Welcome to European Tribune. It's gone a bit quiet around here these days, but it's still going.


by budr Sun Jun 1st, 2008 at 01:55:52 AM EST

I lost my Dad a year ago today.  I had hoped to do a proper diary on this first anniversary, but things have been crazy at work the past couple of weeks and I never quite had the time or the energy to do it justice.  This is something I wrote for his memorial service.  Here it is as I wrote it, from the heart and unfiltered.

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Zen and the Art of Motorcycle Maintenance

by budr Sat Jan 13th, 2007 at 11:03:30 AM EST

Zen and the Art of Motorcycle Maintenance by Robert M. Pirsig is another of those books that mark a major waypoint in the course plot of my life.  It is an exaggeration, but not much of one, to say that the book saved my life.  It was the right book at the right time to show me the way out of a very bad place I had wandered into.

Thank you, Phaedrus.

What is in mind is a sort of Chautauqua ... that's the only name I can think of for it ... like the traveling tent-show Chautauquas that used to move across America, this America, the one that we are now in, an old-time series of popular talks intended to edify and entertain, improve the mind and bring culture and enlightenment to the ears and thoughts of the hearer. The Chautauquas were pushed aside by faster-paced radio, movies and TV, and it seems to me the change was not entirely an improvement. Perhaps because of these changes the stream of national consciousness moves faster now, and is broader, but it seems to run less deep. The old channels cannot contain it and in its search for new ones there seems to be growing havoc and destruction along its banks. In this Chautauqua I would like not to cut any new channels of consciousness but simply dig deeper into old ones that have become silted in with the debris of thoughts grown stale and platitudes too often repeated. "What's new?" is an interesting and broadening eternal question, but one which, if pursued exclusively, results only in an endless parade of trivia and fashion, the silt of tomorrow. I would like, instead, to be concerned with the question "What is best?," a question which cuts deeply rather than broadly, a question whose answers tend to move the silt downstream. There are eras of human history in which the channels of thought have been too deeply cut and no change was possible, and nothing new ever happened, and "best" was a matter of dogma, but that is not the situation now. Now the stream of our common consciousness seems to be obliterating its own banks, losing its central direction and purpose, flooding the lowlands, disconnecting and isolating the highlands and to no particular purpose other than the wasteful fulfillment of its own internal momentum. Some channel deepening seems called for.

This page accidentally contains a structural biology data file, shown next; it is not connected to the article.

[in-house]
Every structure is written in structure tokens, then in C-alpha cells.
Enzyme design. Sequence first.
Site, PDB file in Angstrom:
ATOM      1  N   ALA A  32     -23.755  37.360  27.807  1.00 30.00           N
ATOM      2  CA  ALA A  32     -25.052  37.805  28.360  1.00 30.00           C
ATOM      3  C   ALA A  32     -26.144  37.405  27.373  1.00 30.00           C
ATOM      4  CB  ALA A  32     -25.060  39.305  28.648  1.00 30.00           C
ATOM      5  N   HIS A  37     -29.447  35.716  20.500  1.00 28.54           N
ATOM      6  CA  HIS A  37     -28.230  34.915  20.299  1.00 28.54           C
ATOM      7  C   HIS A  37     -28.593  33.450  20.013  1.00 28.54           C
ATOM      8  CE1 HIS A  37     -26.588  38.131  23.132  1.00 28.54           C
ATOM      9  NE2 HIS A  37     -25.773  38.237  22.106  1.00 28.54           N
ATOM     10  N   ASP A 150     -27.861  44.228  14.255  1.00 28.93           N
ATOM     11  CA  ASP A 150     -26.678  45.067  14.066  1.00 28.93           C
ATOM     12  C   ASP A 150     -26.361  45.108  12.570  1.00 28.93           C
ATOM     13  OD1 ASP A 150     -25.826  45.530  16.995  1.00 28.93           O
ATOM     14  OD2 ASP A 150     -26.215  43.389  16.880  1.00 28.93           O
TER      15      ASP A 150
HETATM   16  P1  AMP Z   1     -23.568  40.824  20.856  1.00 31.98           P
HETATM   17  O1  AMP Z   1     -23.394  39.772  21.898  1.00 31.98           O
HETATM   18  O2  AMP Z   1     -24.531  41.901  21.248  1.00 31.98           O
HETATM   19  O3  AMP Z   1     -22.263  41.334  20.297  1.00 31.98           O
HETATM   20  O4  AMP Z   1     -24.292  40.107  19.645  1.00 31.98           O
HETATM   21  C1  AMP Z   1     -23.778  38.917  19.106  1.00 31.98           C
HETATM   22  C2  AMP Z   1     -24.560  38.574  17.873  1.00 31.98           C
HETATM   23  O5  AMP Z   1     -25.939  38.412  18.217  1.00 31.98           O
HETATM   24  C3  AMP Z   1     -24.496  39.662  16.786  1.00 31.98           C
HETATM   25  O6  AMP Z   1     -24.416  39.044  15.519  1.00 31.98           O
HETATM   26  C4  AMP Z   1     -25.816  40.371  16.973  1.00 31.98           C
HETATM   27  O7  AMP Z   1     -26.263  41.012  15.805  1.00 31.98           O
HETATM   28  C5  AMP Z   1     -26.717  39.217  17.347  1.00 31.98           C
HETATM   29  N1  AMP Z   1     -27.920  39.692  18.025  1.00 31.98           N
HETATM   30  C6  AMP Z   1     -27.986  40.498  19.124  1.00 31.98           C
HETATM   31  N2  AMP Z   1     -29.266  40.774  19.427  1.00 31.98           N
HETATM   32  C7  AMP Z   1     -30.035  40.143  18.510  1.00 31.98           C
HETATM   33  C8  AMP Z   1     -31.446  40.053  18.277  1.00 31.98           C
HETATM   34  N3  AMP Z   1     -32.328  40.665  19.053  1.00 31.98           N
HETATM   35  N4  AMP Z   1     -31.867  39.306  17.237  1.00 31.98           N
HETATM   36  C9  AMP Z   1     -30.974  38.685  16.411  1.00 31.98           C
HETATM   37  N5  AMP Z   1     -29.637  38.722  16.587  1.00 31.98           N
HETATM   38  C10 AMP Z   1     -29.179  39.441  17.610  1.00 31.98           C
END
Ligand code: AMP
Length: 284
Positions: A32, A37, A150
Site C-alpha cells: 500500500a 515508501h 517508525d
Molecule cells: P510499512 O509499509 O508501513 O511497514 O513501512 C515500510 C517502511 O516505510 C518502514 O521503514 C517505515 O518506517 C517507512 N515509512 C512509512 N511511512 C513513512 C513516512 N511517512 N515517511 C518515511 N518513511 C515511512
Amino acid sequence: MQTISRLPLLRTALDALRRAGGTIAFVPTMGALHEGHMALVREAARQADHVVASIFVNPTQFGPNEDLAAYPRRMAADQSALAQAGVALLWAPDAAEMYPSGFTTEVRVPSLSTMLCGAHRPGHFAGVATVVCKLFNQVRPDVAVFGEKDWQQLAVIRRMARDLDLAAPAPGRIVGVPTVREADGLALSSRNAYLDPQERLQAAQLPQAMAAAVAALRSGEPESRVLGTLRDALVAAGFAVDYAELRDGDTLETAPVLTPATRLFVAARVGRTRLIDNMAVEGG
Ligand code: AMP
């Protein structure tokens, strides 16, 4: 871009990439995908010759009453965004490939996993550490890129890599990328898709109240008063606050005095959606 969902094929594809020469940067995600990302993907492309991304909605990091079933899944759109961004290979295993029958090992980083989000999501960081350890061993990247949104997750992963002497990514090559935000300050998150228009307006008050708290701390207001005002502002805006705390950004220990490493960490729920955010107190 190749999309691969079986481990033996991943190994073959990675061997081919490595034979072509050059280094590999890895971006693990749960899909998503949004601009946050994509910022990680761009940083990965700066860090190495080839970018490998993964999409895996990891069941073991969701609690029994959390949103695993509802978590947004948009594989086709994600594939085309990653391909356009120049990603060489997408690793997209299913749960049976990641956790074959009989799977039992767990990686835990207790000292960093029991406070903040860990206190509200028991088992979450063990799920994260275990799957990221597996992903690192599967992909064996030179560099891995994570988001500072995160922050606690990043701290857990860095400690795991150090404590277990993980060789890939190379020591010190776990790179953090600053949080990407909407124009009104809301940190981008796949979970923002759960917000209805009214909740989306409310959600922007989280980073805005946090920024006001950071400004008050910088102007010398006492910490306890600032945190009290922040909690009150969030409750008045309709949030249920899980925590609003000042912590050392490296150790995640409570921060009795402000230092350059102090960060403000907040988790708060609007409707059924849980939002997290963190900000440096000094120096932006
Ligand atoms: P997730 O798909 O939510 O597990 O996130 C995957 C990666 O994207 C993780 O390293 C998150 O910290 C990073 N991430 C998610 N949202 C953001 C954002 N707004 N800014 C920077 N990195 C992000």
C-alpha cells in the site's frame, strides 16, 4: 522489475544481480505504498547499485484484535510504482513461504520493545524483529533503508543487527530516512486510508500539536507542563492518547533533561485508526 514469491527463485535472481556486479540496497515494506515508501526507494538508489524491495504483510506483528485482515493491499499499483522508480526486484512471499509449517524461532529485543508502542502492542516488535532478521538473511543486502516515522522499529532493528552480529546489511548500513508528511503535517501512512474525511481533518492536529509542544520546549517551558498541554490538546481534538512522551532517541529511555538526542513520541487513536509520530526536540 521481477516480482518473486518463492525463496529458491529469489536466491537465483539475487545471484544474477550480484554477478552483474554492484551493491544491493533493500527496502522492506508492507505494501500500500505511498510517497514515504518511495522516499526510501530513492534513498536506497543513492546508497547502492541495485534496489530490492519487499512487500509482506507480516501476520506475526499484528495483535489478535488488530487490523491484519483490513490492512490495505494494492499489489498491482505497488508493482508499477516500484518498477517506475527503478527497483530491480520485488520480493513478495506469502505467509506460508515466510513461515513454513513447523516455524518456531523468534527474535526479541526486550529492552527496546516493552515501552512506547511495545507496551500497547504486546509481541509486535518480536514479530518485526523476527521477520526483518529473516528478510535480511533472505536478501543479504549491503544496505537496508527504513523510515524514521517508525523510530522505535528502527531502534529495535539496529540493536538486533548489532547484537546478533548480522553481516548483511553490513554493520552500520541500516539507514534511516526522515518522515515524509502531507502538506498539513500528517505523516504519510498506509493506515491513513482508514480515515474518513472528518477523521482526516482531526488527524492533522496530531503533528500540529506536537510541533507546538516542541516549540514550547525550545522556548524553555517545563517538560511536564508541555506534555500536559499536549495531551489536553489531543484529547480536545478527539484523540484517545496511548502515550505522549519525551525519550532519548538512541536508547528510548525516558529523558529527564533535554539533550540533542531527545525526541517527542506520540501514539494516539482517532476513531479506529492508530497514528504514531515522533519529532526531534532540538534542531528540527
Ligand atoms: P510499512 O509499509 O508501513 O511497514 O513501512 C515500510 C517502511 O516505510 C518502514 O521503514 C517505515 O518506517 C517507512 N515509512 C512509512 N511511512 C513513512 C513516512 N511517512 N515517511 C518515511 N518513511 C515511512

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by budr Sun Jan 7th, 2007 at 05:07:56 AM EST

I can plot the course of my life by the books and authors that have influenced me.  Dune by Frank Herbert is one of those books.  I believe it will come to be seen as one of the defining books of my generation. So many tangled strands that were coming together as we came of age are exquisitely woven in this one astounding work of fiction.  It is a book about awareness.  Ecological awareness, awareness of the limits of imperialism, the false yet tantalizing promise of chemically induced forms of higher awareness, above all awareness of consequences.

Beyond a critical point within a finite space, freedom diminishes as numbers increase. This is as true of humans in the finite space of a planetary ecosystem as it is for gas molecules in a sealed flask. The human question is not how many can possibly survive within the system, but what kind of existence is possible for those who do survive.

 -Pardot Kynes
 First Planetologist of Arrakis

from the diaries. A timely - and excellent - review of one of the most fascinating books ever written. -- Jérôme

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A lump of coal and a bunsen burner

by budr Tue Oct 31st, 2006 at 04:17:53 AM EST

According to the Energy Information Administration at the US Department of Energy, coal-fired generation accounts for 49.7% of total electric production in the US.  Gas-fired generation accounts for another 18.7%.  Other fossil fuels account for another 3% or so.  Altogether about 71% of all electricity produced in America today comes from the burning of fossil fuels.  Let me try to put that in perspective, in terms that all of us can relate to.

A thoughtful first diary by a longtime reader. -- Jérôme

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